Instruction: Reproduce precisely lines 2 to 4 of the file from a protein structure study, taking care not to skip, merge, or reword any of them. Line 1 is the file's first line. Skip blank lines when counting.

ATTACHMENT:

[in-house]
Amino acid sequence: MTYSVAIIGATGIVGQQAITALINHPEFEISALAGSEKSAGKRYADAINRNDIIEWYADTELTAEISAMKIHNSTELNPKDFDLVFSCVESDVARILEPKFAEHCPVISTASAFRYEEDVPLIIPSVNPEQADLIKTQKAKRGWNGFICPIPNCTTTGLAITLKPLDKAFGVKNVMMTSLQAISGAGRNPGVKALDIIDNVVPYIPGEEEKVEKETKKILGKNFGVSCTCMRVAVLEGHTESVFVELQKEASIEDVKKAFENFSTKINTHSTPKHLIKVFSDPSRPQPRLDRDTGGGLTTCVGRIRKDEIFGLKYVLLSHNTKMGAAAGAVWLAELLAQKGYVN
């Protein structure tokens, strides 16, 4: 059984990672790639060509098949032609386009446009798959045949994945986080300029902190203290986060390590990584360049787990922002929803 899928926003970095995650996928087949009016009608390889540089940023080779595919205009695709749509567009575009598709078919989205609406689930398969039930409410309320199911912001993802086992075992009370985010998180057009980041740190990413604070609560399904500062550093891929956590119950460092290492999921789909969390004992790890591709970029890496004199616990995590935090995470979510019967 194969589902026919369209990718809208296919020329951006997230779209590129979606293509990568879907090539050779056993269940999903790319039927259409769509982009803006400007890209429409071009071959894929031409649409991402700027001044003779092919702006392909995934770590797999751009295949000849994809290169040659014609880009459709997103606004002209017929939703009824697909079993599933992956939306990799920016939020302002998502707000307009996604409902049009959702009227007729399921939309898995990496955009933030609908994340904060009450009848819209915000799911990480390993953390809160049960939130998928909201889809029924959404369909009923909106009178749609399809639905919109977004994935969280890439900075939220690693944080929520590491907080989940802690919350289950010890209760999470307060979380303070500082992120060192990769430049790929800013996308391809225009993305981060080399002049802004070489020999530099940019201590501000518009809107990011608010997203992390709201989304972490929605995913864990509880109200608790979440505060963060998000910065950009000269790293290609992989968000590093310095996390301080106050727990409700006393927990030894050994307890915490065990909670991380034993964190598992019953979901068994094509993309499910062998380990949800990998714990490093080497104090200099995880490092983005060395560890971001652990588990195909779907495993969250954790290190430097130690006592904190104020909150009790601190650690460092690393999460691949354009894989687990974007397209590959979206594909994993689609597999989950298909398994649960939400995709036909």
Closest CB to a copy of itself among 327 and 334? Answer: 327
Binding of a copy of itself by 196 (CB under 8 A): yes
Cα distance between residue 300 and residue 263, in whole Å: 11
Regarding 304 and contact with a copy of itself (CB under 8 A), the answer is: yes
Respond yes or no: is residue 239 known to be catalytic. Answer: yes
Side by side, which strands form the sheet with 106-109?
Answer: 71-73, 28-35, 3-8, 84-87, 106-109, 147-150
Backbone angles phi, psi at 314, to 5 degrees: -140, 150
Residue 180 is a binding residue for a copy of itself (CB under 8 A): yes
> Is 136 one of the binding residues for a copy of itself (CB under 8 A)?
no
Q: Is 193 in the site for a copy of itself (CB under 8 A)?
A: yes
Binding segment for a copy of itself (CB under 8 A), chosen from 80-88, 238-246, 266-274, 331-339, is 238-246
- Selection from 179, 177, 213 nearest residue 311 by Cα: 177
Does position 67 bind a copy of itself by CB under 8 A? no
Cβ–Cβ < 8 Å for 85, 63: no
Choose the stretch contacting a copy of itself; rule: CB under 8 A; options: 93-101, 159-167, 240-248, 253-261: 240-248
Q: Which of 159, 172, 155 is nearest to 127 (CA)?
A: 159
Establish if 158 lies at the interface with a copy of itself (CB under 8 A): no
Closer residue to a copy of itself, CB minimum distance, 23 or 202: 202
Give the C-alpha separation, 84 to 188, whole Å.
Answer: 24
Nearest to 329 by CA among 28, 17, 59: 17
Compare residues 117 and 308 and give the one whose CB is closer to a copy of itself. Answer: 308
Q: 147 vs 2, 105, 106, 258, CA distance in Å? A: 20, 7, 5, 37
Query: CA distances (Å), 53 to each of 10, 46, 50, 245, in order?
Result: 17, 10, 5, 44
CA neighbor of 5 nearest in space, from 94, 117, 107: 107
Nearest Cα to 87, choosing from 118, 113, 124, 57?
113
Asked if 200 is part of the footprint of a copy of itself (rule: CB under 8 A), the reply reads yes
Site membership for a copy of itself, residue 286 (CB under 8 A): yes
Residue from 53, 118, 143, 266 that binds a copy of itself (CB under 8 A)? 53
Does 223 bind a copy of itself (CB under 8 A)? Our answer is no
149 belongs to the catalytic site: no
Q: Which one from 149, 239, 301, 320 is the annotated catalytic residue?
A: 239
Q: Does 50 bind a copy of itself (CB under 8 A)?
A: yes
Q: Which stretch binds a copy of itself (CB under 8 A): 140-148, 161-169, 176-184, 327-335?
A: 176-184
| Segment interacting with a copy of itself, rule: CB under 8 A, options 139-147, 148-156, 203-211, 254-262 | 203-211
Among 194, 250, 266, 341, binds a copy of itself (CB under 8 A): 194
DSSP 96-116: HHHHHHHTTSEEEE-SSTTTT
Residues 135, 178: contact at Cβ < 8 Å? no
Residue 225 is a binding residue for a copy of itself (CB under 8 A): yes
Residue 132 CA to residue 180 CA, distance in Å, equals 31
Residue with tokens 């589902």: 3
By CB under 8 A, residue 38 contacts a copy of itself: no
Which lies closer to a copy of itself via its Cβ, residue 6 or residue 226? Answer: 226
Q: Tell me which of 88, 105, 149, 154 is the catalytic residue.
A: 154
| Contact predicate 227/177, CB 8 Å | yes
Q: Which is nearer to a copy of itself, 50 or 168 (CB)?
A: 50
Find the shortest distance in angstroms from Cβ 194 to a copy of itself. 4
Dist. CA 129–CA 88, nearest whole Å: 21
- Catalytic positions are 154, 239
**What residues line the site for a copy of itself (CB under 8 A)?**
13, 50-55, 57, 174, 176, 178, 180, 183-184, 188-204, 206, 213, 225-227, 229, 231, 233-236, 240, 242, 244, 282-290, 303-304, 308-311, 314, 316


Amino acid sequence: MTYSVAIIGATGIVGQQAITALINHPEFEISALAGSEKSAGKRYADAINRNDIIEWYADTELTAEISAMKIHNSTELNPKDFDLVFSCVESDVARILEPKFAEHCPVISTASAFRYEEDVPLIIPSVNPEQADLIKTQKAKRGWNGFICPIPNCTTTGLAITLKPLDKAFGVKNVMMTSLQAISGAGRNPGVKALDIIDNVVPYIPGEEEKVEKETKKILGKNFGVSCTCMRVAVLEGHTESVFVELQKEASIEDVKKAFENFSTKINTHSTPKHLIKVFSDPSRPQPRLDRDTGGGLTTCVGRIRKDEIFGLKYVLLSHNTKMGAAAGAVWLAELLAQKGYVN
């Protein structure tokens, strides 16, 4: 059984990672790639060509098949032609386009446009798959045949994945986080300029902190203290986060390590990584360049787990922002929803 899928926003970095995650996928087949009016009608390889540089940023080779595919205009695709749509567009575009598709078919989205609406689930398969039930409410309320199911912001993802086992075992009370985010998180057009980041740190990413604070609560399904500062550093891929956590119950460092290492999921789909969390004992790890591709970029890496004199616990995590935090995470979510019967 194969589902026919369209990718809208296919020329951006997230779209590129979606293509990568879907090539050779056993269940999903790319039927259409769509982009803006400007890209429409071009071959894929031409649409991402700027001044003779092919702006392909995934770590797999751009295949000849994809290169040659014609880009459709997103606004002209017929939703009824697909079993599933992956939306990799920016939020302002998502707000307009996604409902049009959702009227007729399921939309898995990496955009933030609908994340904060009450009848819209915000799911990480390993953390809160049960939130998928909201889809029924959404369909009923909106009178749609399809639905919109977004994935969280890439900075939220690693944080929520590491907080989940802690919350289950010890209760999470307060979380303070500082992120060192990769430049790929800013996308391809225009993305981060080399002049802004070489020999530099940019201590501000518009809107990011608010997203992390709201989304972490929605995913864990509880109200608790979440505060963060998000910065950009000269790293290609992989968000590093310095996390301080106050727990409700006393927990030894050994307890915490065990909670991380034993964190598992019953979901068994094509993309499910062998380990949800990998714990490093080497104090200099995880490092983005060395560890971001652990588990195909779907495993969250954790290190430097130690006592904190104020909150009790601190650690460092690393999460691949354009894989687990974007397209590959979206594909994993689609597999989950298909398994649960939400995709036909």
Closest CB to a copy of itself among 327 and 334? Answer: 327